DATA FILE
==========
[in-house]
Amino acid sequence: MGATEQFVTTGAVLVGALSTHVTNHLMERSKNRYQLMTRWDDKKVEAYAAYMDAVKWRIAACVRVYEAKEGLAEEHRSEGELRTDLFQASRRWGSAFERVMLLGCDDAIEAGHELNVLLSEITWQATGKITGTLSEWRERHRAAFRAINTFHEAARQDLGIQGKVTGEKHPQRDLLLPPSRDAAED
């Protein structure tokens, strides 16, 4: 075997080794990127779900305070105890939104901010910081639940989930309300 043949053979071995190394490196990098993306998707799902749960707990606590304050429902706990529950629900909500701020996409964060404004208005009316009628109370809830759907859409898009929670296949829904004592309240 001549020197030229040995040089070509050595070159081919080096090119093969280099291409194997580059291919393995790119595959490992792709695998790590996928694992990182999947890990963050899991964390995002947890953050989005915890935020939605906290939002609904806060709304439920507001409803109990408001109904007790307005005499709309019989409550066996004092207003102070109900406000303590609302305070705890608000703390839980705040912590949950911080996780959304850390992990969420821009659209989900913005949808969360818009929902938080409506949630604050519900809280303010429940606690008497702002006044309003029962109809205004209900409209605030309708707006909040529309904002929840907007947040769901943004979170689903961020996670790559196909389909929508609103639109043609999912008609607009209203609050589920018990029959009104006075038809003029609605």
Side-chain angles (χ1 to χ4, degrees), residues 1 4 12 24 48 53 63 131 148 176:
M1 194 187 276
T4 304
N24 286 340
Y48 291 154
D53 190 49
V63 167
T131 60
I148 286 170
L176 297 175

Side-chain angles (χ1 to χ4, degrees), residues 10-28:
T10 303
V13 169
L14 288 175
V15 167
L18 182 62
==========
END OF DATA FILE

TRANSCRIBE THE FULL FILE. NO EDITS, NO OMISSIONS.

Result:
[in-house]
Amino acid sequence: MGATEQFVTTGAVLVGALSTHVTNHLMERSKNRYQLMTRWDDKKVEAYAAYMDAVKWRIAACVRVYEAKEGLAEEHRSEGELRTDLFQASRRWGSAFERVMLLGCDDAIEAGHELNVLLSEITWQATGKITGTLSEWRERHRAAFRAINTFHEAARQDLGIQGKVTGEKHPQRDLLLPPSRDAAED
């Protein structure tokens, strides 16, 4: 075997080794990127779900305070105890939104901010910081639940989930309300 043949053979071995190394490196990098993306998707799902749960707990606590304050429902706990529950629900909500701020996409964060404004208005009316009628109370809830759907859409898009929670296949829904004592309240 001549020197030229040995040089070509050595070159081919080096090119093969280099291409194997580059291919393995790119595959490992792709695998790590996928694992990182999947890990963050899991964390995002947890953050989005915890935020939605906290939002609904806060709304439920507001409803109990408001109904007790307005005499709309019989409550066996004092207003102070109900406000303590609302305070705890608000703390839980705040912590949950911080996780959304850390992990969420821009659209989900913005949808969360818009929902938080409506949630604050519900809280303010429940606690008497702002006044309003029962109809205004209900409209605030309708707006909040529309904002929840907007947040769901943004979170689903961020996670790559196909389909929508609103639109043609999912008609607009209203609050589920018990029959009104006075038809003029609605």
Side-chain angles (χ1 to χ4, degrees), residues 1 4 12 24 48 53 63 131 148 176:
M1 194 187 276
T4 304
N24 286 340
Y48 291 154
D53 190 49
V63 167
T131 60
I148 286 170
L176 297 175

Side-chain angles (χ1 to χ4, degrees), residues 10-28:
T10 303
V13 169
L14 288 175
V15 167
L18 182 62